More than a decade ago, I had a curious conversation with Nigel Farage in a restaurant in Strasbourg. The outgoing leader of the UK Independence party told me that his hobby was leading tours of the battlefields of the first world war. He said he was sure that, if it came to it, Britain could again summon up the martial spirit that saw it through the Great War. Read more

By Gideon Rachman

All good dramas involve the suspension of disbelief. So it was with Brexit. I went to bed at 4am on Friday depressed that Britain had voted to leave the EU. The following day my gloom only deepened. But then, belatedly, I realised that I have seen this film before. I know how it ends. And it does not end with the UK leaving Europe.

With just a day to go before voting, the result of the British referendum on EU membership is anybody’s guess. The most recent FT poll-of-polls has Leave ahead by 45-44 – and there will be further polls released later today. Those hopeful Remainers who thought they had spotted a potentially decisive surge to their side late last week have been disappointed, as some recent polls have seen a swing back to Leave.

Both sides have an extra factor from which they take comfort. The Remain side point to the fact that the bookmakers still predict that Britain will vote to Remain inside the EU – Ladbrokes, my local turf accountants, are offering odds of 3-1 against Brexit. But the pro-Leave camp have a different source of encouragement. They are boosted by the extremely strong pro-Leave sentiment that many MPs are encountering on the doorsteps, as they campaign. One pro-Leave campaigner says that if that sentiment is genuinely reflected at the ballot box, he would not be surprised if his side wins by as much as 57-43. Read more

By Gideon Rachman

I just want the EU referendum to be over now. The horrific killing of Jo Cox, only a week before the vote, will overshadow the result, whatever it is.

By Gideon Rachman

Donald Trump’s reaction to the massacre at a gay nightclub in Orlando was revealing. “Appreciate the congrats for being right on radical Islamist terrorism”, tweeted the Republican party candidate for the US presidency.

Over the years, I’ve followed stories of English football hooliganism around the world with a certain grim fascination. Last night, unfortunately, I got to witness it first hand – at the England-Russia game at Euro 2016 in Marseilles.

During the day it is not hard to avoid the trouble. Just avoid city-centre bars full of singing, chanting drunkards. Nearer the ground things got nastier. Read more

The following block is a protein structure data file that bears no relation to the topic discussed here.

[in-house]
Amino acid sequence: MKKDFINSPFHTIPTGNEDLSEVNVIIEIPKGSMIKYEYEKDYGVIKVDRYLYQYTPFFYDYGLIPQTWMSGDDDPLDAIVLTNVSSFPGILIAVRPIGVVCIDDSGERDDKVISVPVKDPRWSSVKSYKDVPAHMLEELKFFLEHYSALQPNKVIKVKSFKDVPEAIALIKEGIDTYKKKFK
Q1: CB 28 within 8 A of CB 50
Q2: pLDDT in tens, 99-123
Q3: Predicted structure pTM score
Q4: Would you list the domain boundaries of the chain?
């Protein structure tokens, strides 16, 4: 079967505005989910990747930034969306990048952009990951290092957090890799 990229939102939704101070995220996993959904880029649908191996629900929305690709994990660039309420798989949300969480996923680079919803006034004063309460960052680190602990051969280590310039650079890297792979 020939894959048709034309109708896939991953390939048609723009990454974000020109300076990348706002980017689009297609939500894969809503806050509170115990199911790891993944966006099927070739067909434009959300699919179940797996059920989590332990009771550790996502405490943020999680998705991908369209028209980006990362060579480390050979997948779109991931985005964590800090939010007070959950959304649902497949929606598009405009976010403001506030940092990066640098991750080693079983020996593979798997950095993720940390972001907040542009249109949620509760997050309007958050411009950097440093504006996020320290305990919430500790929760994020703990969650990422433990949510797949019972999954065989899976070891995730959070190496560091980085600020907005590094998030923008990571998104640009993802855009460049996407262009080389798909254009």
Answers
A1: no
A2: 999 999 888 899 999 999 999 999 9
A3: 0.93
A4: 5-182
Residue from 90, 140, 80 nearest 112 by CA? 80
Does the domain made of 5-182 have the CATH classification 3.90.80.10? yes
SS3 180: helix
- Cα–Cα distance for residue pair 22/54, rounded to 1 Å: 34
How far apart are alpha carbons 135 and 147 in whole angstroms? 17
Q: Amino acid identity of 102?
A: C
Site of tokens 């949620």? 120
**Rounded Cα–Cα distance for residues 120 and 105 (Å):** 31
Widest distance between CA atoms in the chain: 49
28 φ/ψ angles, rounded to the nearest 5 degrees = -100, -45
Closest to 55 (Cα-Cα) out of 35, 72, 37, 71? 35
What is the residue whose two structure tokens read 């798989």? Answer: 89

By Gideon Rachman

In the referendum campaign on Britain’s membership of the EU, each side has one trump card that they will play repeatedly until voting day on June 23. The Remain camp will talk about the economy. The Leavers will talk about immigration. Read more

Politicians all over the world are struggling to cope with the new world of social media. Donald Trump has proved particularly adept at abusing his opponents on Twitter. But there are also gentler ways of attracting attention. One increasingly popular stratagem for politicians is to post photos of their cats – which are far more likely to attract likes and retweets than any number of dull policy documents.

Two prominent cat-lovers who have risen to power over the last year are the new president of Taiwan, Tsai Ing-wen and Jaroslaw Kaczynski, the leader of Poland’s ruling Law and Justice Party. Both leaders are single, but are noted for their devotion to their cats. President Tsai has kept a low profile about her relationships with humans – but has posted frequent updates and videos about her cats. Her aides admit that these are considerably more popular than her policy pronouncements. A recent FT profile of Kaczynski noted that he “prefers to spend his evenings at home with his cat”. Photos of the Polish leader with his ginger moggy have tended to soften his rather authoritarian image. Read more

By Gideon Rachman

Politics in the west are so dramatic at the moment that China can look relatively staid and stable by comparison. But that impression is deceptive. Xi Jinping is taking his country in radical and risky new directions.